Ph.D. Course on

Uncertainty Quantification

Kongens Lyngby, March 19th to March 23th 2018

Ph.D. Course on Uncertainty Quantification

We offer a Ph.D. course on Uncertainty Quantification.

The course is offered with support from the DTU Compute Graduate School (ITMAN) and the Danish Center for Applied Mathematics and Mechanics (DCAMM) at Technical University of Denmark.

The aim of the course is to introduce the students to some of the methods and algorithms used in uncertainty quantification (UQ), and let the students experience these methods on elementary computer experiments.

The PhD course covers several topics in UQ: uncertainty parametrization, uncertainty propagation, sensitivity analysis, inference and uncertainty reduction. Related methods (e.g. Monte-Carlo simulation, spectral decompositions, surrogate modeling, Bayesian inference, Gaussian models) will be reviewed and some of them illustrated during computer experiments and projects. The objective is to give the student an overview of the "tools" available and how they can be modified for particular UQ applications.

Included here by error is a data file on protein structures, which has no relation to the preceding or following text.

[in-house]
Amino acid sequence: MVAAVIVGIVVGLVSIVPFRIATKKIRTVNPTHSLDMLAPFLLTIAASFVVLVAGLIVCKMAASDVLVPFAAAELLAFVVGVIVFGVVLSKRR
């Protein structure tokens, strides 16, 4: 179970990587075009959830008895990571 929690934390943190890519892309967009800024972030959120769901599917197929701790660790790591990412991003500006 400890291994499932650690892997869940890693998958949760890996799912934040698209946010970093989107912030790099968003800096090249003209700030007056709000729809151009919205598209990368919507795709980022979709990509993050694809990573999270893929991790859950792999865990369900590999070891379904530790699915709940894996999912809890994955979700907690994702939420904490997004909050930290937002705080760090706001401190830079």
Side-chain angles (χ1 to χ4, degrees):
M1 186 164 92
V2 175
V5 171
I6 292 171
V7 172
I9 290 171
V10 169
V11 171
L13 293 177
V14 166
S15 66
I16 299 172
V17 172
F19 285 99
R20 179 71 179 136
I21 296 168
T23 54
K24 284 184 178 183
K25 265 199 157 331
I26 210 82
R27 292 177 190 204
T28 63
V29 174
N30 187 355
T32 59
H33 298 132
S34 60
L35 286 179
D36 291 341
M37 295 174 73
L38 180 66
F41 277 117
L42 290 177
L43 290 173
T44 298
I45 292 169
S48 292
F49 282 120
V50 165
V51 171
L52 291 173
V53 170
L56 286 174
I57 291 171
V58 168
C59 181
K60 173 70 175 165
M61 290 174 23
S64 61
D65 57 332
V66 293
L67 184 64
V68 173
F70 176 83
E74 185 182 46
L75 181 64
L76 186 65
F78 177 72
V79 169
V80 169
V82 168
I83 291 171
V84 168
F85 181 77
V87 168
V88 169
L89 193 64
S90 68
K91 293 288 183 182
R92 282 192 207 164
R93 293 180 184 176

Learning objectives:

A student who has met the objectives of the course will be able to:

  • Understand problems and questions addressed by UQ methods.
  • Understand how methods are used as building blocks to address UQ questions.
  • Be able to choose a suitable method depending on the situation and problem.
  • Implement some of these methods in C++.
  • Skillfully perform numerical experiments and interpret the results.
  • Perform sensitivity analyses and explain the behavior of the UQ methods.
  • Identify and exploit the properties and structure of an uncertain model to select suitable approaches.


Basic course in numerical algorithms (e.g. 02601) and numerical analysis (e.g. 02685). It is considered an advantaged to have background in in advanced numerical methods course (e.g. 02689) and functional analysis.

The students must have a fundamental knowledge of numerical analysis and linear algebra and must be able to program. They are expected to read the first five chapters of the book before participating in the course.


The course will be given by:

  • CNRS senior researcher Olivier Le Maitre (Laboratoire d'Informatique pour la Mechanique et les Sciences de l'Ingeneur (LIMSI), Paris, France),

Richard Petersens Plads, DTU - Bygning 321, DK-2800 Lyngby